"Are you ready?"
With a nod from Toph, he jumped into his story.
"Well, once upon a time, there was-"
The interruption surprised him, and he turned to look at Toph, completely forgetting that she was blind, and wouldn't have cared for his frown even if she could see it.
"'No' what?" he sighed, already questioning what seemed to be one of his best plans yet. Toph gave an amused smirk.
"No 'once upon a time', or 'they lived happily ever after'. I don't want to hear about prince charming or evil relatives or anything like that, okay?"
Sokka raised an eyebrow at her sudden bad mood. "Uhh.... okay then..." Toph nodded, happy with his answer, and turned her face out into the room again.
"So, uh, a while ago," he looked to Toph, who cocked her head. Sokka cleared his throat and continued. "A while ago, there was this spirit. She didn't have a name; she was only referred to as the Spirit of the Oakpine-"
"Isn't that a name?" Toph interrupted again. Sokka scowled at her, although with her inability to see it, she only shrugged. "If you're gonna tell a story, you should do it right," she shrugged, and Sokka poked her in the stomach.
"Do you want me to tell you or not?"
"Hey, you're the one who wanted to tell me in the first place," she retorted, although she left the issue at that, giving Sokka a chance to continue.
"Okay. So, she had a title, but no name. This spirit was a good spirit; she was tasked with looking after a tiny forest in the Earth Kingdom. While it was small, it was still a lot of work for the little spirit.. One year, there was a very harsh winter. The men of the local village saw that, along the edge of the forest, the trees were dying. Their families freezing, the men began chopping down the dead trees to burn, to keep them warm through the season. The spirit grew angry at the destruction of her forest, although she didn't have the power to stop them. Instead, she asked them to pay for what they take—that winter, and the years following, they would be allowed to cut down the dead trees. In exchange, they would help her cultivate the forest during the spring.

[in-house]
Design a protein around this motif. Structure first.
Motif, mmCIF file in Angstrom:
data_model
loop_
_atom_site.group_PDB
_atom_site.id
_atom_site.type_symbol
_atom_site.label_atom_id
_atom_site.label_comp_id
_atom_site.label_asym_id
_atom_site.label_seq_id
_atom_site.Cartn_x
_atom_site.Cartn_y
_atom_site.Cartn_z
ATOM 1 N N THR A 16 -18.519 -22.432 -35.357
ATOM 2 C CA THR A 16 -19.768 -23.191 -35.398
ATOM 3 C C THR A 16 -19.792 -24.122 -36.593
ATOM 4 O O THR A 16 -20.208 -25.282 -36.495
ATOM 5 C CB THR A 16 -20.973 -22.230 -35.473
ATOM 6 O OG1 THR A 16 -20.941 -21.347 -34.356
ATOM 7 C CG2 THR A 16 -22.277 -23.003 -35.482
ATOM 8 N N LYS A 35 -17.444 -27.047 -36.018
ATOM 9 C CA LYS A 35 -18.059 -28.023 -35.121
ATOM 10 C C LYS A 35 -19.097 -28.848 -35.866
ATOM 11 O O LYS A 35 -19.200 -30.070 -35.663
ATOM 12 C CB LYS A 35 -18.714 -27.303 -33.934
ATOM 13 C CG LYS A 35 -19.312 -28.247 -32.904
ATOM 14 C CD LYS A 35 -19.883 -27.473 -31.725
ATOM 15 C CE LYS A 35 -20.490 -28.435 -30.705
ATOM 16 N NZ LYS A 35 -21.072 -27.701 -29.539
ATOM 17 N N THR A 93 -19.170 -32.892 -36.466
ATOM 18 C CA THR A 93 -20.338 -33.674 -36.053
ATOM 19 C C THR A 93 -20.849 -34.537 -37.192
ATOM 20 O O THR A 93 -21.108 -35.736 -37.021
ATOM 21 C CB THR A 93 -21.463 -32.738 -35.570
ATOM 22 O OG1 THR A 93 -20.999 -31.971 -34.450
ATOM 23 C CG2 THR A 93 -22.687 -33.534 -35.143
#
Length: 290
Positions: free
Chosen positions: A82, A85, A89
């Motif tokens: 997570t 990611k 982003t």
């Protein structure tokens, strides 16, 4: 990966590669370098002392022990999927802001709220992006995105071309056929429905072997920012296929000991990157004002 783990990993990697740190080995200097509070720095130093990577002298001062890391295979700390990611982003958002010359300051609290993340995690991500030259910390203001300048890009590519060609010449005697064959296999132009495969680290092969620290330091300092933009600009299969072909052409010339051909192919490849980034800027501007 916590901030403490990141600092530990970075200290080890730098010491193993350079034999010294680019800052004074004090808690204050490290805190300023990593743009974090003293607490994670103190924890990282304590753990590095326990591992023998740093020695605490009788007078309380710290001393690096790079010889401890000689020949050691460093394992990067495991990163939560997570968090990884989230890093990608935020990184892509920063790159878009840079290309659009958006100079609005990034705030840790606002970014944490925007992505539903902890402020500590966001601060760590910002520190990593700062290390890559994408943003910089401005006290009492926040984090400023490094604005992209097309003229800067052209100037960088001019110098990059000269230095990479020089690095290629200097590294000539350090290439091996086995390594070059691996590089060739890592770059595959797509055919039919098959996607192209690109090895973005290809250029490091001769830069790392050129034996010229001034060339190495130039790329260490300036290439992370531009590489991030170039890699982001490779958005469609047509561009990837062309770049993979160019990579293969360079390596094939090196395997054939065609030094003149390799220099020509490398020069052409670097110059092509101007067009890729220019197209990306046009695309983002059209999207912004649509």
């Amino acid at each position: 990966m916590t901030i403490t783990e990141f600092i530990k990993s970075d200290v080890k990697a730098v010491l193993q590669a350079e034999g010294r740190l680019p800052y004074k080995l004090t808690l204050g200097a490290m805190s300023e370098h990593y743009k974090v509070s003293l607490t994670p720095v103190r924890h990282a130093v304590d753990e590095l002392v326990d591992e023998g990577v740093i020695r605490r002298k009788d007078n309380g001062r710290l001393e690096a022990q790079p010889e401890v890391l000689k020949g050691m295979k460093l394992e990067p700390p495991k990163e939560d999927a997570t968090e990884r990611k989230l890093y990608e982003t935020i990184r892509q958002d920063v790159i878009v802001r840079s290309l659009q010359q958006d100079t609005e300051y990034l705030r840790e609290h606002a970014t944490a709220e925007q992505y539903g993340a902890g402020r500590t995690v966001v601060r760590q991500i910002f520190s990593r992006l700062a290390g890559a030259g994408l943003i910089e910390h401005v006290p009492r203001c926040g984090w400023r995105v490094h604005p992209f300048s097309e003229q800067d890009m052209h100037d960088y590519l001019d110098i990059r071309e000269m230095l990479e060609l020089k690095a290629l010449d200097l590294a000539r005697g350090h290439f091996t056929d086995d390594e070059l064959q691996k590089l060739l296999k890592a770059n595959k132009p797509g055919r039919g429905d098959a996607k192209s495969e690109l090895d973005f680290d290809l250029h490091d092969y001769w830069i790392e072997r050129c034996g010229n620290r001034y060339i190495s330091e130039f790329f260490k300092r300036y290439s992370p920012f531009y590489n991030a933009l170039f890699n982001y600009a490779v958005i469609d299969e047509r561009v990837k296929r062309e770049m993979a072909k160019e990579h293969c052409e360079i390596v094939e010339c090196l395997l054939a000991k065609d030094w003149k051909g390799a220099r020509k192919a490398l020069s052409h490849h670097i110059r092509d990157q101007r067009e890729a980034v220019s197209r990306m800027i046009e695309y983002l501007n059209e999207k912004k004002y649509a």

"The tree spirit watched as her forest flourished, and she became more powerful. The deal continued for generations, passed down from father to son; working so closely with the spirit all year, the men were never able to forget their promise. The spirit, though, began to desire more than what she was receiving from the men. She realised, as time went by, how very vast her forest had become, and how very isolated she was. Hatching a plan, she waited until the following winter to put it into effect.